Additionally, you’re more likely to see cumulative success through such techniques. It can be hard to run on a treadmill for a half hour to an hour. It can be boring. But riding a bike is a lot of fun, the wind flows through your hair, you see new sights, explore new places, and have a real adventure.

Free stock photo of city, cars, road, vehicles

Children tend to prefer that kind of thing, so discover what their preferences are. As an adult, you could insist on your own proclivities; but maturity should predicate discretion. You should be discrete enough to realize their enjoyment, and subsequent health benefits, trump your own. Do that, and they’re more likely to become fit, as they’re more likely to be active through desire rather than compulsion.

  1. Don’t Just Exercise, Eat Right For Fullest Flourishment

This was touched on earlier: you’ve got to both exercise and eat right to see the best health for your family. Avoid processed foods. Avoid synthetic foodstuffs. Avoid deep fat fried foods. Cut down your intake of confections, sugars, candies, and the like.

Variety Of Fruits

You don’t have to get rid of these things entirely—it’s not necessary to deign toward the vegan extreme! You just want them to account for a definite minority of your diet. As a general rule of thumb, if it is naturally derived, it’s more likely to be good for you—depending on your own personal constitution, of course.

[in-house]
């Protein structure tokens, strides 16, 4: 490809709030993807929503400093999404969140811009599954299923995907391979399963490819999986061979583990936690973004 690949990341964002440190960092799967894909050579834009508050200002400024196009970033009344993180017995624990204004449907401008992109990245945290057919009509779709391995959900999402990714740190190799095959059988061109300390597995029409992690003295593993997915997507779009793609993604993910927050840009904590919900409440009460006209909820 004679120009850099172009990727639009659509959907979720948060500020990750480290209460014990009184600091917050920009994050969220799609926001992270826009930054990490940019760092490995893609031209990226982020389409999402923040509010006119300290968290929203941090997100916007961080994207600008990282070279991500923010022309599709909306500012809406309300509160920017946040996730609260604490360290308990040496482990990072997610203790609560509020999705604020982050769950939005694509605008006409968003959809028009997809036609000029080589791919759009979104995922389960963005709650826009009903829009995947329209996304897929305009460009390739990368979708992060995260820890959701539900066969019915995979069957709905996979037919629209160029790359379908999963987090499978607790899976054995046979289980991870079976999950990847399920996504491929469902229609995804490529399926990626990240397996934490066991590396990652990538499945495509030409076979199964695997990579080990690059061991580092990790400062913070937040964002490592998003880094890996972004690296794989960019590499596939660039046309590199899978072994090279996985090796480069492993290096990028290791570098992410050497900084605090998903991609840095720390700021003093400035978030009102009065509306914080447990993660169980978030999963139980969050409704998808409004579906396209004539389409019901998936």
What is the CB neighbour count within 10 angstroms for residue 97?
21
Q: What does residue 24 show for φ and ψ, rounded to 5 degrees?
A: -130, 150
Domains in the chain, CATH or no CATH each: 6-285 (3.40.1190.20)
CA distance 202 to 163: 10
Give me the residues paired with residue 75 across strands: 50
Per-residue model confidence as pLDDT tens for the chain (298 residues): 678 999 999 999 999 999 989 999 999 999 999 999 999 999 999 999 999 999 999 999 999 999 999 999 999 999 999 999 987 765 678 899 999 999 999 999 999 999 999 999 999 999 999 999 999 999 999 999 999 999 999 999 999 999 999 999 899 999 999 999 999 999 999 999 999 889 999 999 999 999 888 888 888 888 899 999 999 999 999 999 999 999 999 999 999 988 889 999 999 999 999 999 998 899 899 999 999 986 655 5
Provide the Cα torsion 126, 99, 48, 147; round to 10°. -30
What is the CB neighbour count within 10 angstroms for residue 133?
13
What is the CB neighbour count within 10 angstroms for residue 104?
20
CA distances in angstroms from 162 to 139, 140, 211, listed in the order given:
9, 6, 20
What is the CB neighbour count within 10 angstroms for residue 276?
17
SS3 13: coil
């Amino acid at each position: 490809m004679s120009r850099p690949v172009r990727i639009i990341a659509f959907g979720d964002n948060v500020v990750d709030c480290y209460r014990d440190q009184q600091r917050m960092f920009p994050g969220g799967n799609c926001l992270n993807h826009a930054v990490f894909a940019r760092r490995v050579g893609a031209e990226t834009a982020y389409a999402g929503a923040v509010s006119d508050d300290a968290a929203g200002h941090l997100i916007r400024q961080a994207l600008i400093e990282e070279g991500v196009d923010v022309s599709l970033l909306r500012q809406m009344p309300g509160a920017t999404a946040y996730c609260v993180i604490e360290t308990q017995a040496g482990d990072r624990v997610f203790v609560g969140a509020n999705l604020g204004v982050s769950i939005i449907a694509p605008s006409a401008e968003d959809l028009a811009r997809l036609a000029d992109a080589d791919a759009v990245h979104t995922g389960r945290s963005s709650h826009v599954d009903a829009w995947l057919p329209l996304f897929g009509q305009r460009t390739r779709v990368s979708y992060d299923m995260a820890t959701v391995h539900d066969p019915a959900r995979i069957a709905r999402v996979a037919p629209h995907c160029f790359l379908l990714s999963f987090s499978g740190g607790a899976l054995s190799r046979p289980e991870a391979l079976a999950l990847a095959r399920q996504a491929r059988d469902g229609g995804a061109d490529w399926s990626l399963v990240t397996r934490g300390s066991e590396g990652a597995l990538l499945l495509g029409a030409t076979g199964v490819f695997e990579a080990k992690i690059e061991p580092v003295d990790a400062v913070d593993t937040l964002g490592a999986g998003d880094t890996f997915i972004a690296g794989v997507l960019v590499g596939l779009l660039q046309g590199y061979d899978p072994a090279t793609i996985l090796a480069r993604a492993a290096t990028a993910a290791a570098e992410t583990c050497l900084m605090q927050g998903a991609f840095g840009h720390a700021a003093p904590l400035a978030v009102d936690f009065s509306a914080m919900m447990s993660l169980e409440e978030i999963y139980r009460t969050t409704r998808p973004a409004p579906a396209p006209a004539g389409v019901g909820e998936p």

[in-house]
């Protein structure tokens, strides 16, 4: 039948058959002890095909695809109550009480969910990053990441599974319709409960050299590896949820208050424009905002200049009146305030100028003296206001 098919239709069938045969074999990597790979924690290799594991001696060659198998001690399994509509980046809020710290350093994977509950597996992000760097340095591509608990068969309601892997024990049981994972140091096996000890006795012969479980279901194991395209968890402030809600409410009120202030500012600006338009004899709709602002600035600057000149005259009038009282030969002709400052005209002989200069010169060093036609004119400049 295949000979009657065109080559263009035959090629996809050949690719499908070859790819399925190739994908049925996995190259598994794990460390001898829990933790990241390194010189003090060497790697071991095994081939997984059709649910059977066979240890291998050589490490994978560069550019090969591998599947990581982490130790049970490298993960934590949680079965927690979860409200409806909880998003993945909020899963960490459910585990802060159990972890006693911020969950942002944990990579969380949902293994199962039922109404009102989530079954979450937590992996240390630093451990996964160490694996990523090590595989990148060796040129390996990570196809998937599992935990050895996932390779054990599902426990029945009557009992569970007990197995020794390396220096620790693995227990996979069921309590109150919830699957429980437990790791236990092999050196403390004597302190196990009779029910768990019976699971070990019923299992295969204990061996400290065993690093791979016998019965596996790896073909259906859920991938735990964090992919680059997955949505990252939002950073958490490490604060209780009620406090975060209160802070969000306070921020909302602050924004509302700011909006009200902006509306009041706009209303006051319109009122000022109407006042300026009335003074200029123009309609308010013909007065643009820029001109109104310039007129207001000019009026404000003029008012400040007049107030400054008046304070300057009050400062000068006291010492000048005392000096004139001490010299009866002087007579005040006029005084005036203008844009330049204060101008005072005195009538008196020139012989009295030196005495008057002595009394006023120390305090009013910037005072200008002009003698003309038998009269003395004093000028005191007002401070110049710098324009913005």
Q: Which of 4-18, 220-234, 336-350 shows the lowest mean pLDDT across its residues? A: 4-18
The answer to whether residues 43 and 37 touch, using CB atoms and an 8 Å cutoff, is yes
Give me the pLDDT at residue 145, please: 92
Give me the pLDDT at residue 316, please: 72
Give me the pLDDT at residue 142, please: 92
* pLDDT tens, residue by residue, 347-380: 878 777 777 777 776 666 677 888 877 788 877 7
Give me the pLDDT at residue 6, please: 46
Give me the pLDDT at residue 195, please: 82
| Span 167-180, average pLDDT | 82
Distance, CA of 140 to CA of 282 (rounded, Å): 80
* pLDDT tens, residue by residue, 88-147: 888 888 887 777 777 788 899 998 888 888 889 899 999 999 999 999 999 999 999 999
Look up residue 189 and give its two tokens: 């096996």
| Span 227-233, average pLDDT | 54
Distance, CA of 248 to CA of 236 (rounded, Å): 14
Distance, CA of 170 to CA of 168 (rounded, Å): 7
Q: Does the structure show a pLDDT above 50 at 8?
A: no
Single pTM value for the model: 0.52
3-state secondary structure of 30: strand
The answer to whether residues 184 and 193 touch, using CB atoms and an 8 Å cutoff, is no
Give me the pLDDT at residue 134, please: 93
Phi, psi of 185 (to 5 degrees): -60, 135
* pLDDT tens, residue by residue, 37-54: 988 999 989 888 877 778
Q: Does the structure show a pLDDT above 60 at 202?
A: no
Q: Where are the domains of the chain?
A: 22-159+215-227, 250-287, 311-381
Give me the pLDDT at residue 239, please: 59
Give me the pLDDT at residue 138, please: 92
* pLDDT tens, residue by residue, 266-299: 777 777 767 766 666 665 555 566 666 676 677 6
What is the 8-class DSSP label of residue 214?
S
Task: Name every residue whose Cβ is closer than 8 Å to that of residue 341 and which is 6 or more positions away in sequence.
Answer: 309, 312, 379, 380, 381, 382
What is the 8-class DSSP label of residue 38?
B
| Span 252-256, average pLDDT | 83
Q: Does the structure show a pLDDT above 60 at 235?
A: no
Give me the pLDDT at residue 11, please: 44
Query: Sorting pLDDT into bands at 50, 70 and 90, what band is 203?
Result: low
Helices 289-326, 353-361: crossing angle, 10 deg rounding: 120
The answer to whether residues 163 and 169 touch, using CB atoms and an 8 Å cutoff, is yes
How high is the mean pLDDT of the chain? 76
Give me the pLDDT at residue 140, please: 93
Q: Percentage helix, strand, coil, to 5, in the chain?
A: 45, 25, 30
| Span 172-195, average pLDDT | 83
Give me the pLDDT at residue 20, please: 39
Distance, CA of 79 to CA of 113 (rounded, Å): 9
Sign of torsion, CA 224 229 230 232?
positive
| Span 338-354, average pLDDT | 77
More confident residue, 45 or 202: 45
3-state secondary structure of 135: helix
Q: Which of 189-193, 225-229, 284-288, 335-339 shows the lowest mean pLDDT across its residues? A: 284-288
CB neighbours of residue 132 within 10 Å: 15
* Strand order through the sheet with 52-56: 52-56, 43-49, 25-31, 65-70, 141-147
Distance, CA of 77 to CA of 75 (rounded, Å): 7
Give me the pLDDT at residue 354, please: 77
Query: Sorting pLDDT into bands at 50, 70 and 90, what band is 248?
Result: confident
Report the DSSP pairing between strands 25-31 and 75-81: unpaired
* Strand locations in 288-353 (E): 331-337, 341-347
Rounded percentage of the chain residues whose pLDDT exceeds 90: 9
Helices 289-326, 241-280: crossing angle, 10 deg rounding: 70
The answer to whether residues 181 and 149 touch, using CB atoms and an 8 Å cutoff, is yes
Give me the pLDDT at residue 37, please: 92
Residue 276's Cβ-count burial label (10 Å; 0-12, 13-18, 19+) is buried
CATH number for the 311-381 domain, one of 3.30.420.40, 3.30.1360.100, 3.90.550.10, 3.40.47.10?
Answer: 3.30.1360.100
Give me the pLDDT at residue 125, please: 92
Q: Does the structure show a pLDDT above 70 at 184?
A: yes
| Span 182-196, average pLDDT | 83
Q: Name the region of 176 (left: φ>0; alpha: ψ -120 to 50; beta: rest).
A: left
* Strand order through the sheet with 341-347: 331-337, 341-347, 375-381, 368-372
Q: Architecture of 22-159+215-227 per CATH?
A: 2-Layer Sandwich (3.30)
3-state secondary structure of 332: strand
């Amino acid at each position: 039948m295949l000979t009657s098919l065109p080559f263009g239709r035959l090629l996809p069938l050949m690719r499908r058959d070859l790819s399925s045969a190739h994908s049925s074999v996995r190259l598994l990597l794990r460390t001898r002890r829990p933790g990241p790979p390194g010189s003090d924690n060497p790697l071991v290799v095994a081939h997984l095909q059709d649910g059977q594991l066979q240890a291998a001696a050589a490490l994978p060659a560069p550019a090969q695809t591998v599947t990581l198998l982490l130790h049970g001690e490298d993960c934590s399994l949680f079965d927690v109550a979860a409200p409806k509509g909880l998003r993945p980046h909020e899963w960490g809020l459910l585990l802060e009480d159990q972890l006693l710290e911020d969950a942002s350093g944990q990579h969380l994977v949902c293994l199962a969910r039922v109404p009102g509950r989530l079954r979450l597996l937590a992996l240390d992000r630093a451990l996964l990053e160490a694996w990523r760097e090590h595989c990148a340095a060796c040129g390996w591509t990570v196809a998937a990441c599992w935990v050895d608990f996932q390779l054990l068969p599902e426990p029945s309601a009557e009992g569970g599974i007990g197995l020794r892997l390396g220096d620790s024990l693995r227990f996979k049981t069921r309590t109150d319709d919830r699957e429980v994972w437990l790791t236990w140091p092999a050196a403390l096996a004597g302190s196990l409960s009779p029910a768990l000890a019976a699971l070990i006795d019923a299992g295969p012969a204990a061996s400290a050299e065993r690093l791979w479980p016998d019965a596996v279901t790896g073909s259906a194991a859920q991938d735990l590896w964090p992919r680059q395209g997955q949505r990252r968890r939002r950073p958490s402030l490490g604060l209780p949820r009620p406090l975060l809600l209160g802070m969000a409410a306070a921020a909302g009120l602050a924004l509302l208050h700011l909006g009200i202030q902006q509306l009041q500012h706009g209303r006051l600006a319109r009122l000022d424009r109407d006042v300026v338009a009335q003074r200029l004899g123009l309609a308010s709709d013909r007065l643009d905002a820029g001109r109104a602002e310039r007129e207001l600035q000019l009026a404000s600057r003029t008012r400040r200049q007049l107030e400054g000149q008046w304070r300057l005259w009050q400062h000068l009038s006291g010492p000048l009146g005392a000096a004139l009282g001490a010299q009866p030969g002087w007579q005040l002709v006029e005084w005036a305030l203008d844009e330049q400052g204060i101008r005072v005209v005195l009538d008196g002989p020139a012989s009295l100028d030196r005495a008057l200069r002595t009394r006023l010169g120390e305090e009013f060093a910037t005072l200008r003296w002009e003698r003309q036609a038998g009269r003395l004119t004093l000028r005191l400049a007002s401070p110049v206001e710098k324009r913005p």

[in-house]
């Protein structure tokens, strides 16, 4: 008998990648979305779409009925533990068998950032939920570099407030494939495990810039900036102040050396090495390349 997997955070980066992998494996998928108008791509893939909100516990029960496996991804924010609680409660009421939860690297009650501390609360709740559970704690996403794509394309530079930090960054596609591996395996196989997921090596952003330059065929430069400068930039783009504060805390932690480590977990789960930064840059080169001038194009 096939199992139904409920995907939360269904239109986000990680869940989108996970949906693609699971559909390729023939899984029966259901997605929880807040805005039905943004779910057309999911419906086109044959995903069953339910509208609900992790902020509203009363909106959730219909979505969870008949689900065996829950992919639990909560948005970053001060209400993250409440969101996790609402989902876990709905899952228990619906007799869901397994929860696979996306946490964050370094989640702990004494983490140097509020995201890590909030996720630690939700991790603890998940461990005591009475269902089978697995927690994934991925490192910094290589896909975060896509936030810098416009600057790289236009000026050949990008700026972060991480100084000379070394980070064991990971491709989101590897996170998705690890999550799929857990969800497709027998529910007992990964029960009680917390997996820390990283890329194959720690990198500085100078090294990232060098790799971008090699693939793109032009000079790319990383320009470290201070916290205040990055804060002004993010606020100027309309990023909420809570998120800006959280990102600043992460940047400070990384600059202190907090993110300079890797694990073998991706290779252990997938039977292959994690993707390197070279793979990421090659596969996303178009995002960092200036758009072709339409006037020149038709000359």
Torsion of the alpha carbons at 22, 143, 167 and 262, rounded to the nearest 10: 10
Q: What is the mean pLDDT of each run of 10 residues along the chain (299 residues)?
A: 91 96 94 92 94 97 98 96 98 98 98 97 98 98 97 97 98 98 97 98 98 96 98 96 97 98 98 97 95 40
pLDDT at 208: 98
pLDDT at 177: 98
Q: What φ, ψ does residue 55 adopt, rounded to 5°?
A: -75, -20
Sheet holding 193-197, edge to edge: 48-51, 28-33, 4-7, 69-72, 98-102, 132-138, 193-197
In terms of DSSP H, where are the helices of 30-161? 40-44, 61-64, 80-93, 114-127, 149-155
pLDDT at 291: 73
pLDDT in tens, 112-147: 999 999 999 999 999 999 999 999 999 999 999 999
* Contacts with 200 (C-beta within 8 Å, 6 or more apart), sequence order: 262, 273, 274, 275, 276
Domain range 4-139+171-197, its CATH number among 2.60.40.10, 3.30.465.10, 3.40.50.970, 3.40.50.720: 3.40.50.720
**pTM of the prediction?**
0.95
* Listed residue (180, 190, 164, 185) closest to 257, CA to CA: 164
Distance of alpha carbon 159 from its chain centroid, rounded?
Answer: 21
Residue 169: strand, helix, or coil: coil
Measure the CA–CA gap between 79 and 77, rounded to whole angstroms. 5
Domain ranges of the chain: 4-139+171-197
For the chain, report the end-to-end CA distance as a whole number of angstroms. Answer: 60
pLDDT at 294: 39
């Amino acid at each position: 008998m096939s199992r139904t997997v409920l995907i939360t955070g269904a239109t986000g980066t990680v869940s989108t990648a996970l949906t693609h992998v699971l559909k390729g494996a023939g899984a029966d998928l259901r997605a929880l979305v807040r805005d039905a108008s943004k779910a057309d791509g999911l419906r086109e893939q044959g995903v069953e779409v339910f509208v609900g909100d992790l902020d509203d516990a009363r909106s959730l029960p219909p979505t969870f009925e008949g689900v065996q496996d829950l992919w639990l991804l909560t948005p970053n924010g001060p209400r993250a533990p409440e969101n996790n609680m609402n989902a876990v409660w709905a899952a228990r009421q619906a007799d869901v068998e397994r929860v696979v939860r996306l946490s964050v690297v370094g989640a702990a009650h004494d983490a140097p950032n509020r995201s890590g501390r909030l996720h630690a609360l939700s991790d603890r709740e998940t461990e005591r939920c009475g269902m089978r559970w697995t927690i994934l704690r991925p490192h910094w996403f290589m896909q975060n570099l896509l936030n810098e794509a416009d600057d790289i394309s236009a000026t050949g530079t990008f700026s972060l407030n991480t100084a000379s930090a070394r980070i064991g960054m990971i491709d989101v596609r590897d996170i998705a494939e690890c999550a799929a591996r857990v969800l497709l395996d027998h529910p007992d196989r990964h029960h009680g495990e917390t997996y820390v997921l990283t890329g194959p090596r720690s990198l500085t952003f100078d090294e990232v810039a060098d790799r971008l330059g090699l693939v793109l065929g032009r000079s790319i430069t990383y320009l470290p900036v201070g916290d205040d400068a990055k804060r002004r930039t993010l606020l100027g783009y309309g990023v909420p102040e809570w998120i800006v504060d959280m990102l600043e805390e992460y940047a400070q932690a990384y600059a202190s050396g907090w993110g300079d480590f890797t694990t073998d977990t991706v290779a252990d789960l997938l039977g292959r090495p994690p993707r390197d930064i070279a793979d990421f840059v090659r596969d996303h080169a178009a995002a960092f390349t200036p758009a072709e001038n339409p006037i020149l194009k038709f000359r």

1. Keep Records Of Progress

You need to show where improvement has occurred. If you’ve got a child who was overweight before you started pushing a fitness campaign, you should get a scale and keep a weight table to show how what you’re doing is helping them to remain healthy. Children do absorb facts, but there are many things you must show them for them to understand. Also, this is good for you and your spouse in terms of motivation.

  1. Use treats as Incentives and rewards

Obviously most of us like to offer treats to our kids in moderation. And that’s fine, in balance. Consider using those treats as rewards or for special moments as opposed to everyday snacks. 

Yellow Red Green Gummy Bear Candy

You don’t have to break the bank in terms of such incentives; at SweetServices.com you can buy candy in bulk, according to the site: “Sweetservices.com is the bulk candy store you’ve been looking for. Buy from our online candy store and get cheap bulk candy with flat rate shipping.” Candy isn’t generally healthy for you, but in small doses it is fine.

  1. Learn From other families Example

Different families conduct themselves different ways, but almost everyone knows that one family with a cadre of children who are healthy, happy, and worth emulating. Find such a family, make friends with them, and allow them to help you guide your own family into a similar level of health.

Health And Happiness